Incoming House Oversight Committee chairman: First hearing will not be 'what a lot of people expect'

Rep. Elijah CummingsElijah Eugene CummingsHouse Dems renew push for government contractor back pay Cummings demands ex-Fox News reporter share information on Stormy Daniels payments The Hill's Morning Report — Trump readies first veto after latest clash with Senate GOP MORE (D-Md.) said Sunday that the House Oversight and Government Reform Committee has yet to determine the focus of its first hearing in the next session of Congress, but suggested it will examine health care or other "day-to-day" issues.

"I can guarantee you that it will likely not be what a lot of people expect," Cummings, the likely incoming chairman of the committee, said on CNN's "State of the Union."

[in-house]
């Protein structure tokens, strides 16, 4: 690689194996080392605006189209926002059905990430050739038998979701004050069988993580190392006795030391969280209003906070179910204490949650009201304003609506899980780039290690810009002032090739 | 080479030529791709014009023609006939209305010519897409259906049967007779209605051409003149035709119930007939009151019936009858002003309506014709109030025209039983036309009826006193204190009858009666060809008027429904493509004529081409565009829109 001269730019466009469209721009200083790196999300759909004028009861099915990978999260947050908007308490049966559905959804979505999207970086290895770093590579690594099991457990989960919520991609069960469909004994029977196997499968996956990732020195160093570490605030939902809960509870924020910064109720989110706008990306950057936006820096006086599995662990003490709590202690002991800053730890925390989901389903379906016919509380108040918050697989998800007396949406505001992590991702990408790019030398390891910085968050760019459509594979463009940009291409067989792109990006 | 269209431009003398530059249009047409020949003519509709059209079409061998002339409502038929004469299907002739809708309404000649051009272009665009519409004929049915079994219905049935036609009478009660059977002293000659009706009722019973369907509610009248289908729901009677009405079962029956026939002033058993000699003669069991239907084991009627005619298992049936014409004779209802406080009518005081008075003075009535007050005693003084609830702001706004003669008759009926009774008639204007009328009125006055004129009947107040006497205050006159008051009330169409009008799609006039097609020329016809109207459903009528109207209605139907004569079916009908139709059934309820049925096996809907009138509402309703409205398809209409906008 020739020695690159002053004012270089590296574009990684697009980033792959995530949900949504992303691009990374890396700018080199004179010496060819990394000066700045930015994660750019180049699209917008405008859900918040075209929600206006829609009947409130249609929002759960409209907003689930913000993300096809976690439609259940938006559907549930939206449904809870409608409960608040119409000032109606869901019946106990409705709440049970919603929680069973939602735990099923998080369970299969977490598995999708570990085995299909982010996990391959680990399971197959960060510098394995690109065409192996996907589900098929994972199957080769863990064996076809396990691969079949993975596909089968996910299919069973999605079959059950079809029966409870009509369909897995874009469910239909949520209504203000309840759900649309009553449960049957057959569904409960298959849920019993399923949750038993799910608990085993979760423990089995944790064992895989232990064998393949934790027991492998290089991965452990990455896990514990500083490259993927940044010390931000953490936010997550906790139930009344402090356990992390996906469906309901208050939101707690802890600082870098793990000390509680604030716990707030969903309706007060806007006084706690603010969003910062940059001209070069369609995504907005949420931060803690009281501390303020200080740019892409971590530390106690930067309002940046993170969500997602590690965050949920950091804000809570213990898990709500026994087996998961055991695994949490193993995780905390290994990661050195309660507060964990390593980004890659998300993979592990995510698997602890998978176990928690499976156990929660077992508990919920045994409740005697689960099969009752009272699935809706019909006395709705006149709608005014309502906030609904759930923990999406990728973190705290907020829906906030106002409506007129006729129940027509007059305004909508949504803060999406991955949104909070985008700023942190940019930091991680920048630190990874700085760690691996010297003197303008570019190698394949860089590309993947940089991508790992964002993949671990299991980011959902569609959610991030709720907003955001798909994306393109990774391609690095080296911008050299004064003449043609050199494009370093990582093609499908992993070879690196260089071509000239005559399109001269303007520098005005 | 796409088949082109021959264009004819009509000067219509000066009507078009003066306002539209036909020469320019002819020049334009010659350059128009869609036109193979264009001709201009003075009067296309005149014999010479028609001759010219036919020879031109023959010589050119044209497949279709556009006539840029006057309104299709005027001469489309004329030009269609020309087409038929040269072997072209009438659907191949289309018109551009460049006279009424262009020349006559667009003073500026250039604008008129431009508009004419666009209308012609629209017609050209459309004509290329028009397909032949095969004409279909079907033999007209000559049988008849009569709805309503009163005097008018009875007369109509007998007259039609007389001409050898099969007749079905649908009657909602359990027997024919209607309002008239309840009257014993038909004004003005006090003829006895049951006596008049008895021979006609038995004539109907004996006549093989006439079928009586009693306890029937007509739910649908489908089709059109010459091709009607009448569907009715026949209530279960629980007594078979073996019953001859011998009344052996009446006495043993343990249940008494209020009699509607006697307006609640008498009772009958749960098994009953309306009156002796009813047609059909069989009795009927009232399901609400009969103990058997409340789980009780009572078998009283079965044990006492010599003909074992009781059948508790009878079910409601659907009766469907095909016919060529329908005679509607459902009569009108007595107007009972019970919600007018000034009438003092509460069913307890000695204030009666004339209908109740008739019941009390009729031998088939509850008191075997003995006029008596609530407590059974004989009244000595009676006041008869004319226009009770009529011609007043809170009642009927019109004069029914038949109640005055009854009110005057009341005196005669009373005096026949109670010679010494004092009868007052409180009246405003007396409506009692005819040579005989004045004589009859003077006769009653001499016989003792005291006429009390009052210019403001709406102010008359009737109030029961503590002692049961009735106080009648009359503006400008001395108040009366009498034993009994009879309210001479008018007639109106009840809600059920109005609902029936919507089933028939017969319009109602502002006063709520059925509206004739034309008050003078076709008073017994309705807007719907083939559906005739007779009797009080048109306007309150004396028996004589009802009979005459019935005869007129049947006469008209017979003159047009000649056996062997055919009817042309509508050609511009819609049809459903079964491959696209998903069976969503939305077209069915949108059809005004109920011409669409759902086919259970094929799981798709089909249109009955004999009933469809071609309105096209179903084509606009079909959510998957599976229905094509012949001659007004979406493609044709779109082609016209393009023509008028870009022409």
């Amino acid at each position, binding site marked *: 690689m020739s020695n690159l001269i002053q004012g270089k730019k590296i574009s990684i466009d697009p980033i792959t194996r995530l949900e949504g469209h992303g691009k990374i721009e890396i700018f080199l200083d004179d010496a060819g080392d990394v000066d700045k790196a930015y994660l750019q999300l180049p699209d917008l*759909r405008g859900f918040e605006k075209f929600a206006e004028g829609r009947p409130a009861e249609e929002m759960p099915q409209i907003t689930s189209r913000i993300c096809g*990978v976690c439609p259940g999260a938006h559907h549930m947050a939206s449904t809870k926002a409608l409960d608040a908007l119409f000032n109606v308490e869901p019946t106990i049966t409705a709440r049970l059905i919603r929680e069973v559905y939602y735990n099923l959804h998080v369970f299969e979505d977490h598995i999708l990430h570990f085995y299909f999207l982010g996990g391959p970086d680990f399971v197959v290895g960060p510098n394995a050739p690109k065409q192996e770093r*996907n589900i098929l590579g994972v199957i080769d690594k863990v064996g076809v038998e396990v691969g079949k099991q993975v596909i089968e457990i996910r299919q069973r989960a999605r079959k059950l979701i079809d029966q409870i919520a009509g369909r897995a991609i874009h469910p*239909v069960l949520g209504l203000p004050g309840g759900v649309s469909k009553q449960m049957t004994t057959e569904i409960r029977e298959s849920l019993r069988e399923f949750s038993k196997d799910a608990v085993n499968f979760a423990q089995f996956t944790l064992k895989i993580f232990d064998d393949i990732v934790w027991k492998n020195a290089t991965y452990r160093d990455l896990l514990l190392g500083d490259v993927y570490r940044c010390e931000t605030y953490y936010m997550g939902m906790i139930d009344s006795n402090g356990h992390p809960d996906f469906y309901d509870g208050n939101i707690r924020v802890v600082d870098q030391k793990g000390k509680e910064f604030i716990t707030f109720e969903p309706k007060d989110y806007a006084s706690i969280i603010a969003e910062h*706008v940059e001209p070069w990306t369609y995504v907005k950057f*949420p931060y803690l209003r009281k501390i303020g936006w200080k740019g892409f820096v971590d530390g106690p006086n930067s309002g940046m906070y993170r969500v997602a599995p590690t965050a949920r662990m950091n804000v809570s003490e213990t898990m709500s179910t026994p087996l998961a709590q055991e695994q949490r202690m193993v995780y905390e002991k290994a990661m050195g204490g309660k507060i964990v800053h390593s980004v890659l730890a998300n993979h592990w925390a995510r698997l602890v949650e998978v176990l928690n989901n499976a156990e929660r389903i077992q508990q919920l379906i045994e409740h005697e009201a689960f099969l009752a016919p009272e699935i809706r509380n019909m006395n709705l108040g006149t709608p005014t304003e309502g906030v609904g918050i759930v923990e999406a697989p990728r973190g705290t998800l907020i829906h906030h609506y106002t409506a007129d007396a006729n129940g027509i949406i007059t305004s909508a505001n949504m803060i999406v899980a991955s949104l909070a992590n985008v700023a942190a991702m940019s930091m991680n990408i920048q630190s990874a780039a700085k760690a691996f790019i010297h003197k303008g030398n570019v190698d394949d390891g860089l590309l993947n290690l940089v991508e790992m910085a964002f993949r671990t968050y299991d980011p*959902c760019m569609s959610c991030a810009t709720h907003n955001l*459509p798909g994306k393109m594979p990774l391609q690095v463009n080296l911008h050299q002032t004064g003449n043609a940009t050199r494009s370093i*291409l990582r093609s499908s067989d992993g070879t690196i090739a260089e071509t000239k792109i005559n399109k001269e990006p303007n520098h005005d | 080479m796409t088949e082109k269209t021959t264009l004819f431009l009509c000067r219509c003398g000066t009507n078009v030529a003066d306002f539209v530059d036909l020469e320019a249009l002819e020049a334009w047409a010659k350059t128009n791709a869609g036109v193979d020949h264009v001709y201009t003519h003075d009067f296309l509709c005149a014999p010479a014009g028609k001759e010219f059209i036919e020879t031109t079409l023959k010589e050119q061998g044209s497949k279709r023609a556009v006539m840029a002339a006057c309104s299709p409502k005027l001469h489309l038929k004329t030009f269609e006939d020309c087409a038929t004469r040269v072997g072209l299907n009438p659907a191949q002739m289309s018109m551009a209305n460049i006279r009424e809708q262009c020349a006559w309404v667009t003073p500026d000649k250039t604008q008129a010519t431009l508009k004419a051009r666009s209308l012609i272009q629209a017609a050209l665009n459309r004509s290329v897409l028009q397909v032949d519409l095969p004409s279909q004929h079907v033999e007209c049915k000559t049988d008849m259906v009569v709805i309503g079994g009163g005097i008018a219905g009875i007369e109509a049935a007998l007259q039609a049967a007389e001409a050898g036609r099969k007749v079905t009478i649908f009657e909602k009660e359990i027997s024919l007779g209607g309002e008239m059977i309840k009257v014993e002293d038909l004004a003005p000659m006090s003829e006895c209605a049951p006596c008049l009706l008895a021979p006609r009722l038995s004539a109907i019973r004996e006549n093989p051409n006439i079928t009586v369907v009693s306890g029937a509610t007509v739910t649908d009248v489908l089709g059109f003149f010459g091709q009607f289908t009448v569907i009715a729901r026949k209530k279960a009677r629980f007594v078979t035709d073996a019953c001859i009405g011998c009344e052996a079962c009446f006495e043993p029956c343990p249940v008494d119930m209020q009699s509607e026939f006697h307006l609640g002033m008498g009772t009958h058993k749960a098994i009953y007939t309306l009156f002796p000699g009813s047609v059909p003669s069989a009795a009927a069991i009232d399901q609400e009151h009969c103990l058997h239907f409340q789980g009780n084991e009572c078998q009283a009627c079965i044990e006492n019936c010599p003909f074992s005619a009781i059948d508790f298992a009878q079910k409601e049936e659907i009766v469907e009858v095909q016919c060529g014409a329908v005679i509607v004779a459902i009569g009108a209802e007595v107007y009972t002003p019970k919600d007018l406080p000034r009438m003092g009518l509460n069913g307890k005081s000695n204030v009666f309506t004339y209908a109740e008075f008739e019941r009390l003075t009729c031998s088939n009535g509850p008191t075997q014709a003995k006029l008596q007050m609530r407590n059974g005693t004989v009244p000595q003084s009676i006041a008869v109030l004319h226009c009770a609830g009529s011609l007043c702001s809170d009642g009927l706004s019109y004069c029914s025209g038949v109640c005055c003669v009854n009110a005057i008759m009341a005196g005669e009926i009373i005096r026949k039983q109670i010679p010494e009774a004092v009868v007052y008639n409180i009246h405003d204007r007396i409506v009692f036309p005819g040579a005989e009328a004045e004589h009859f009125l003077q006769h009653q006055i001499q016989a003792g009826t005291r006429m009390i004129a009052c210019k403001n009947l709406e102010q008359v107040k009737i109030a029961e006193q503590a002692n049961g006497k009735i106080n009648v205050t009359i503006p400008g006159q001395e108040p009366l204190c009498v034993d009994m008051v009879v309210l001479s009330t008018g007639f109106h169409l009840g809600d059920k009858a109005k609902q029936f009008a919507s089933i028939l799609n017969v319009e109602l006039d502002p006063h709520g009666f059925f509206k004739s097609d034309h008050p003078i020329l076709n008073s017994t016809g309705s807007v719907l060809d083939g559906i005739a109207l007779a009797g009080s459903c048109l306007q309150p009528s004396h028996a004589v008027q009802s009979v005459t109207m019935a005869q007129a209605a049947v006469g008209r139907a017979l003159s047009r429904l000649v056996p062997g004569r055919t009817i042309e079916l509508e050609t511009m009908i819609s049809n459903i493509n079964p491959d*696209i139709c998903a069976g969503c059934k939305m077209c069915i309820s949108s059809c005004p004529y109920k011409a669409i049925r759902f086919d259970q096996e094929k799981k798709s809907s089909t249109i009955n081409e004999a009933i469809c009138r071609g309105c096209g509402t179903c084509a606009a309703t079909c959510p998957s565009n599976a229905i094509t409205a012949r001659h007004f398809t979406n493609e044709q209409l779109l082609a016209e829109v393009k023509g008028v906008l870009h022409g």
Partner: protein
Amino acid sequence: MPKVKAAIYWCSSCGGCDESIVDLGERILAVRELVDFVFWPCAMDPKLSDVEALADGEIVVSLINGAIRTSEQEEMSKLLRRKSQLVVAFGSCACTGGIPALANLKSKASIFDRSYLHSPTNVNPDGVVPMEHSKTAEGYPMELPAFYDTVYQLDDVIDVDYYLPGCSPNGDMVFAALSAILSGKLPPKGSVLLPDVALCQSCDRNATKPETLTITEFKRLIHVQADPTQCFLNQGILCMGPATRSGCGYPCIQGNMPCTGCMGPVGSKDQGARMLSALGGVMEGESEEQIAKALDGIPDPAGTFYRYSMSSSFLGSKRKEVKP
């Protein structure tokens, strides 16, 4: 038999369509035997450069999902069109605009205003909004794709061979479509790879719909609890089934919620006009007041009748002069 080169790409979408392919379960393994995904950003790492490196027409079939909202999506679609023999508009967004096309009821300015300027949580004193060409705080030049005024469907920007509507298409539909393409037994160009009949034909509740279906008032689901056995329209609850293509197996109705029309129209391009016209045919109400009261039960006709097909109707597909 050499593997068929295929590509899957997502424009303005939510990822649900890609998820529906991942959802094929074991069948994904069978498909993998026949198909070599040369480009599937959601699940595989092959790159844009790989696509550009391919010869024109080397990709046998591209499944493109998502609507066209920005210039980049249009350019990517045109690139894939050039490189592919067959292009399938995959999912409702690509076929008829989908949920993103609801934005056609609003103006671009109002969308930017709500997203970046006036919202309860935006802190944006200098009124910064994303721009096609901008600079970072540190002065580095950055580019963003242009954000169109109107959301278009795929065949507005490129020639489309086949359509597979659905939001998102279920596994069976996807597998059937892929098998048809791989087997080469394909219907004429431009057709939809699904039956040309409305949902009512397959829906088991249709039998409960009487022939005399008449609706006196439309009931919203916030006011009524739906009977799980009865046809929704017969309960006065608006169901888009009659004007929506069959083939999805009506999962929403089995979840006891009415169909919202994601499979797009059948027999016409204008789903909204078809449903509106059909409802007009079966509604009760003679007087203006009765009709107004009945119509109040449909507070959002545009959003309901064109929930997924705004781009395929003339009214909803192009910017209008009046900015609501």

"It will probably be something regarding skyrocketing drug prices ... things of that nature that people have to deal with on a day-to-day basis, and, of course, the Affordable Care Act," Cummings added. "We're going to certainly be taking a look at that. And we're going to make sure that it stays enforced."


The Democrat also cited the Trump administration's efforts to add a citizenship question to the census as a likely area of concern for the committee. 

Cummings indicated that those subjects will be more of a focus than issuing subpoenas to investigate the president or his administration.

"We may very well get to that point," he said. "But I plan to run our committee like a federal courtroom. I want civility. And we will address subpoenas in a very systematic way."

Democrats have pledged to use their recently won House majority to conduct investigations and oversight focused on the Trump administration's policies, the president's finances and interactions with foreign governments, and Ivanka TrumpIvana (Ivanka) Marie TrumpNew Zealand suspect wrote in manifesto he supported Trump 'as a symbol of renewed white identity' Ex-White House ethics chief compares Ivanka, Kushner security clearances to college admissions scandal College admissions scandal exposes the fantasy of the American Dream MORE's use of private email, among other subjects.